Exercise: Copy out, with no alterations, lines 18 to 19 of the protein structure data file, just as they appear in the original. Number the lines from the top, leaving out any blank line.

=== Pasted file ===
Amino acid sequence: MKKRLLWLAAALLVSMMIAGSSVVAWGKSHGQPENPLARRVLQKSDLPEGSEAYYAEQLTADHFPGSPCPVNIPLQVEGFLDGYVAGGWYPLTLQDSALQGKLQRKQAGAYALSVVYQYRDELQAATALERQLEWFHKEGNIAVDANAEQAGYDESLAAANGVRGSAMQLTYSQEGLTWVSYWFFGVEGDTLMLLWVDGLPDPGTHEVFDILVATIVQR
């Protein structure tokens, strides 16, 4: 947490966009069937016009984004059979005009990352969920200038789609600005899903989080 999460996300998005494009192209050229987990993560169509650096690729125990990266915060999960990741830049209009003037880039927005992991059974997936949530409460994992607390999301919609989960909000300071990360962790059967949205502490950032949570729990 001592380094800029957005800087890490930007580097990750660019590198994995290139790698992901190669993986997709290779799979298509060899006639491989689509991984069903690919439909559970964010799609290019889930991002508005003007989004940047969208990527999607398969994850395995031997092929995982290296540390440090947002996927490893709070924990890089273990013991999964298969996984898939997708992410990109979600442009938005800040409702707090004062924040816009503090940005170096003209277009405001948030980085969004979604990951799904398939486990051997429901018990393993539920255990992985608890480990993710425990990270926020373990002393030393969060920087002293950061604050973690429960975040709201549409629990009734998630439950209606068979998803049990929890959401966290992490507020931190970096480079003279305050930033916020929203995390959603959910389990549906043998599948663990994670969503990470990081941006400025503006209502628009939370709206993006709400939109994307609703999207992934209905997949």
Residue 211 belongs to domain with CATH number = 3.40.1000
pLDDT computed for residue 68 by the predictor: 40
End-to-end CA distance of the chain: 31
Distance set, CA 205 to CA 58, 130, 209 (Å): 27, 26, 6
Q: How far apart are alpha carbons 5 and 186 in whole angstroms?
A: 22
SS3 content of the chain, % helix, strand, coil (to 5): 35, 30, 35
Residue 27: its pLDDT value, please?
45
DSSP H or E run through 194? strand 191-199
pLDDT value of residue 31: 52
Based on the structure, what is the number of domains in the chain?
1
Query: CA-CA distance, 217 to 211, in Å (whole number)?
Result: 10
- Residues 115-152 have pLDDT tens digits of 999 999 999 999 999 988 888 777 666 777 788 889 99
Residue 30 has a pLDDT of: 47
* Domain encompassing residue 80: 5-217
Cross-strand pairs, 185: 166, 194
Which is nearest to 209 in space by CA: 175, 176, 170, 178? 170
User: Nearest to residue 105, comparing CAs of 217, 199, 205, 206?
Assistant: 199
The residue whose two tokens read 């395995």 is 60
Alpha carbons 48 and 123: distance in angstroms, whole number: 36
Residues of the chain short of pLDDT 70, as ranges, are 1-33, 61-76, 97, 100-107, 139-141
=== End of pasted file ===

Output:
- Residues 115-152 have pLDDT tens digits of 999 999 999 999 999 988 888 777 666 777 788 889 99
Residue 30 has a pLDDT of: 47